New microstructural model of polymer-ceramic nanocomposite materials

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New microstructural model of polymer-ceramic nanocomposite materials C. E. Becze and G. Xu Department of Materials Science and Engineering, McMaster University, Hamilton, Ontario, Canada L8S 4L7 (Received 20 November 1995; accepted 29 July 1996)

Organoceramics are a new class of polymer/ceramic nanocomposite materials where polymer chains are molecularly mixed with the ceramics. A structural model for poly(vinyl alcohol) organoceramic nanocomposite materials proposed by Messersmith and Stupp [J. Mater. Res. 7, 2599–2611 (1992)] claims that polymer chains disperse in the interlayers of the ceramic precursor, causing a broadening of the basal plane spacing. The present research revealed this basal plane broadening does not exist. A new model was constructed where the polymer acts as a template for the ceramic microcrystals ˚ The ceramic microcrystals (hydrogen to nucleate and grow to reach a size of 20 A. bonded to the polymer) further agglomerate and grow to the resulting rosette morphology, whereby the polymer is molecularly dispersed on the nanoscale throughout the ceramic.


Composite materials have been explored to a great degree because of the necessity to engineer a material with specific properties. They are achieved by selecting suitable materials with the best desired attributes and combining them into one composite material. Recently, research has shown promise in the development of new polymer-ceramic nanocomposite materials called organoceramics whose microstructure, as well as physical and chemical properties, are markedly different from those of the precursors.1–4 These novel properties are achieved by the molecular dispersion of polymer macro molecules into a ceramic host on the atomic scale.1–5 The synthesis of this organoceramic requires a water soluble ceramic precursor that is known to form complexes with organic molecules, tetracalcium aluminate hydrate (TCAH) [CA2 Al(OH)6 ? nH2 O], and poly(vinyl alcohol) (PVA), a water soluble polymer. The two reagents are coprecipitated to form organoceramic nanocomposite materials.1 The procedure, in an uncontrolled way, mimics nature in the biomineralization process.5–7 However, the exact atomic structure of this material has yet to be resolved. Messersmith and Stupp1 have proposed a model for the nanodispersion of polymer macro molecules into the interlayers of the ceramic host. These interlayers are composed of hydrated layers, which are thought to be suitable sites for the dispersion of the polymer macro molecules. This ordering of the polymer chains in the galleries of the ceramic host would broaden the basal plane spacing, shifting the (0, 0, 2) plane centered at 11.8± 2u to a lower Bragg angle of approximately 5.8± 2u.1 Unless this shifting of the (0, 0, 2) plane is reproduced or confirmed, the above 566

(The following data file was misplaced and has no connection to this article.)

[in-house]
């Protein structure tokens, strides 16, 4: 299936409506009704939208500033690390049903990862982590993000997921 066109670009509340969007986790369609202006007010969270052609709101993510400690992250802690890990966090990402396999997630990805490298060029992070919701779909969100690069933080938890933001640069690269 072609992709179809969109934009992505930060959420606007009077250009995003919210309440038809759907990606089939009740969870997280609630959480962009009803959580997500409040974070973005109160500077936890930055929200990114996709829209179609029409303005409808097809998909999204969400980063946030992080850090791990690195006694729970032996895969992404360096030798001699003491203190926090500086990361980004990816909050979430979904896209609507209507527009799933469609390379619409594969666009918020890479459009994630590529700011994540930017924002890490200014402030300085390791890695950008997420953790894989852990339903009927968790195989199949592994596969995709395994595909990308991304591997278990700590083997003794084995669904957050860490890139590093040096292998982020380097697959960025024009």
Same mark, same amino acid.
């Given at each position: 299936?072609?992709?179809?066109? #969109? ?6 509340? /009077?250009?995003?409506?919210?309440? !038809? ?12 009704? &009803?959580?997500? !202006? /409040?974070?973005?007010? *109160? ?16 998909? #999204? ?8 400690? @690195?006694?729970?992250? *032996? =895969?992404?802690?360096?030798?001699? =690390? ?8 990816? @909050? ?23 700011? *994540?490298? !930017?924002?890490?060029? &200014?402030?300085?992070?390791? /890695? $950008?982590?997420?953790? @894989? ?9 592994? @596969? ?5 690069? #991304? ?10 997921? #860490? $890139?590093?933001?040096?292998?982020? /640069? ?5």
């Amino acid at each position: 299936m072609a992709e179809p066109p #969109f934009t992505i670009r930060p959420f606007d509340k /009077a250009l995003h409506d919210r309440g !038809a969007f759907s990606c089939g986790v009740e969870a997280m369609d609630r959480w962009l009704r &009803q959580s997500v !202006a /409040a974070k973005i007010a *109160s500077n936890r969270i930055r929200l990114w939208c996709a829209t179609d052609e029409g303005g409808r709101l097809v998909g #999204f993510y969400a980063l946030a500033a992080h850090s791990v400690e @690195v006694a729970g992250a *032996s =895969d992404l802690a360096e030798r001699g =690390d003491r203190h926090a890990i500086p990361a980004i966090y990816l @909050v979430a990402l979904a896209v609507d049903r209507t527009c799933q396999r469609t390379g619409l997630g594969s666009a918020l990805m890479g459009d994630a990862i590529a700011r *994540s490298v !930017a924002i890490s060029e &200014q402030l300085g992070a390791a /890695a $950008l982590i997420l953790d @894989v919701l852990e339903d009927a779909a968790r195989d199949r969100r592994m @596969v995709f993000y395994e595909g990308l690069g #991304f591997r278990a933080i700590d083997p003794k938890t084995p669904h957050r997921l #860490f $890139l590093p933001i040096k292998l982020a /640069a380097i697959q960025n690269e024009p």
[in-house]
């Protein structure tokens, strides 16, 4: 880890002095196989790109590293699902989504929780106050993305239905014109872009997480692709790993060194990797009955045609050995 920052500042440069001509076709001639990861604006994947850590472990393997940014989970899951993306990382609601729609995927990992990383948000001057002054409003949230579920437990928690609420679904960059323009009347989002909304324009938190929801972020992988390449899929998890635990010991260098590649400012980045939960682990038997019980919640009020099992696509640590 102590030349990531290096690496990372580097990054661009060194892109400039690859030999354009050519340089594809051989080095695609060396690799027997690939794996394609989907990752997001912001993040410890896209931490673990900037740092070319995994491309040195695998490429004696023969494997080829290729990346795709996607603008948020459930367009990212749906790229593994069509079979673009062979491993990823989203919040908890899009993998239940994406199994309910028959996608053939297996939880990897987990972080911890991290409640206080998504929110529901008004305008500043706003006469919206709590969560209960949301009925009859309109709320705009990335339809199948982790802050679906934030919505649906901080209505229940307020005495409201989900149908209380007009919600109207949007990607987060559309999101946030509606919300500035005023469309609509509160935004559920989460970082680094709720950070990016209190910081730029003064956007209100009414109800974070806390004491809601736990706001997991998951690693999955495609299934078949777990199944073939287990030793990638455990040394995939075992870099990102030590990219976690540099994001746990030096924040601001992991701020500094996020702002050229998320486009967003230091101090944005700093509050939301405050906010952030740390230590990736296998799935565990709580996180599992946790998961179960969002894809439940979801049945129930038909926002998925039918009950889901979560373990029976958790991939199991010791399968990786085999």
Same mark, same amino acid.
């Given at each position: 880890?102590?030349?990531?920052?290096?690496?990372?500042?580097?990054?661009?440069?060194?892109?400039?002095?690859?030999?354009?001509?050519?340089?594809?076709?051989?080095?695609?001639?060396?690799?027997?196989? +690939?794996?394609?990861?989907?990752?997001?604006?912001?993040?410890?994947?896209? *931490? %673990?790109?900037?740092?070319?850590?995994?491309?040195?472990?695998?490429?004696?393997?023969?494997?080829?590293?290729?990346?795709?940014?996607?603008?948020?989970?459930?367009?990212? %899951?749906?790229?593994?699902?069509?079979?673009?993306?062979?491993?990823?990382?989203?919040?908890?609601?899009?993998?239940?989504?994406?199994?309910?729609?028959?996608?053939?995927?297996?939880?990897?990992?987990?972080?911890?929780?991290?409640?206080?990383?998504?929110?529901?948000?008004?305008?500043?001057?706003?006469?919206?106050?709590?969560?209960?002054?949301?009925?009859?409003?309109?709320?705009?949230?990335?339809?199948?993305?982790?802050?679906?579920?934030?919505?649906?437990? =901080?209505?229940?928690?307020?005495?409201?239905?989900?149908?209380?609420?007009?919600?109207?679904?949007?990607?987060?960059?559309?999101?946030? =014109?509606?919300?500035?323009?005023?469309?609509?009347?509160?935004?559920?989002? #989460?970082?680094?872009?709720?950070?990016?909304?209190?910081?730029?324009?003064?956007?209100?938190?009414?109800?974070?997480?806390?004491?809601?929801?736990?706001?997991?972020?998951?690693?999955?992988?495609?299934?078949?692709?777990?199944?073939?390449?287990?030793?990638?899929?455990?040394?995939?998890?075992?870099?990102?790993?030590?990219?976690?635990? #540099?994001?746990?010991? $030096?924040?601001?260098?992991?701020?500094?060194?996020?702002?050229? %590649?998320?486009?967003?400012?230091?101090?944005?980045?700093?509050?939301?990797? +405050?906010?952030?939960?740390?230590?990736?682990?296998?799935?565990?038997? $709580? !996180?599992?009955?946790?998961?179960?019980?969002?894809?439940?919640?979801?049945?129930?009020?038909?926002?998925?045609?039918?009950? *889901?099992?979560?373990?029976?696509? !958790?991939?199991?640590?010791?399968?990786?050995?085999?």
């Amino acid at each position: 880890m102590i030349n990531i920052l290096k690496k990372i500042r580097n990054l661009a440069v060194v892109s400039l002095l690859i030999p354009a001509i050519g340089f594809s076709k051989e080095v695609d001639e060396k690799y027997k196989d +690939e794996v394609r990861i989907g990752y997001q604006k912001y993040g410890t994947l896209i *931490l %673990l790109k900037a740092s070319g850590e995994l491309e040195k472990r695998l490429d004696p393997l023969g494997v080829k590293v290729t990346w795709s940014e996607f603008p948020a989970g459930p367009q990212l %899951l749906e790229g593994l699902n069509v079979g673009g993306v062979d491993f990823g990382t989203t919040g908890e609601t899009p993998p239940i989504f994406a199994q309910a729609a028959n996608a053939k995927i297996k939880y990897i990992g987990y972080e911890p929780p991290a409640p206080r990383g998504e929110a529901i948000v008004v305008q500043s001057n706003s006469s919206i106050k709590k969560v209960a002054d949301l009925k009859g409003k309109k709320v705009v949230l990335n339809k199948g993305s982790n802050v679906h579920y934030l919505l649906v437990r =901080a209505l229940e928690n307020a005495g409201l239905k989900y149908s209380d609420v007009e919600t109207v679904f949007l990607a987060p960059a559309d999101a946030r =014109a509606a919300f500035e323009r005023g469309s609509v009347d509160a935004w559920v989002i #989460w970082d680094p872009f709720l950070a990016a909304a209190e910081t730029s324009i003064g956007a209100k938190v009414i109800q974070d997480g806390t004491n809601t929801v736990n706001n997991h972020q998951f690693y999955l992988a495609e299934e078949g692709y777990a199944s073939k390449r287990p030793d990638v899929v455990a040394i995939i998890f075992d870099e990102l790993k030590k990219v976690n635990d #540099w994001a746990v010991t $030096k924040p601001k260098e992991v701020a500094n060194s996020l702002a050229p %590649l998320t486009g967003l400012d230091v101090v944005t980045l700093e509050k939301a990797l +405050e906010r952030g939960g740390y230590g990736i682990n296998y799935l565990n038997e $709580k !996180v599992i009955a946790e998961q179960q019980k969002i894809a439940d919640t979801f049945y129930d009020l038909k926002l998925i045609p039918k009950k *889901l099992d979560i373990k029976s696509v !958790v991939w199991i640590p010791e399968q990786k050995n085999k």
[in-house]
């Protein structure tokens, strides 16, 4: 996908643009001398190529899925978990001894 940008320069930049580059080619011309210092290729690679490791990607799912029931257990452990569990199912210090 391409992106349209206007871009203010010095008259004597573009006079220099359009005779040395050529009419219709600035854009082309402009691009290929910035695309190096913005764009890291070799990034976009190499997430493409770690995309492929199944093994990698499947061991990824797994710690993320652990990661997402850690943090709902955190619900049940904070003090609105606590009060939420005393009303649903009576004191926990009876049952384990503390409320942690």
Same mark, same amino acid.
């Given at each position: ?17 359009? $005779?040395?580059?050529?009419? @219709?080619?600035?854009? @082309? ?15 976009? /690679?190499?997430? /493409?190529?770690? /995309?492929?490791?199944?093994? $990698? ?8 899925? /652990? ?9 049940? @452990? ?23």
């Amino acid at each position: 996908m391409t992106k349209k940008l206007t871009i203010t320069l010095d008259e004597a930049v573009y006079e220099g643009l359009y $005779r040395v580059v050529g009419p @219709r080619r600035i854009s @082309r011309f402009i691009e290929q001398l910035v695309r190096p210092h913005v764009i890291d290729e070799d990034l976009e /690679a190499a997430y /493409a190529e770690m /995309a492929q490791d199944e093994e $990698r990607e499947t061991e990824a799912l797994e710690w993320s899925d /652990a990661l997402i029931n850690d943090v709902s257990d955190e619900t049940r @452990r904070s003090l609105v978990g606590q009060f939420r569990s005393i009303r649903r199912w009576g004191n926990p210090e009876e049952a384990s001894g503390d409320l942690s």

J. Mater. Res., Vol. 12, No. 2, Feb 1997

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picture of ceramic ordering and assembly of polymer chains in the fashion as stated above i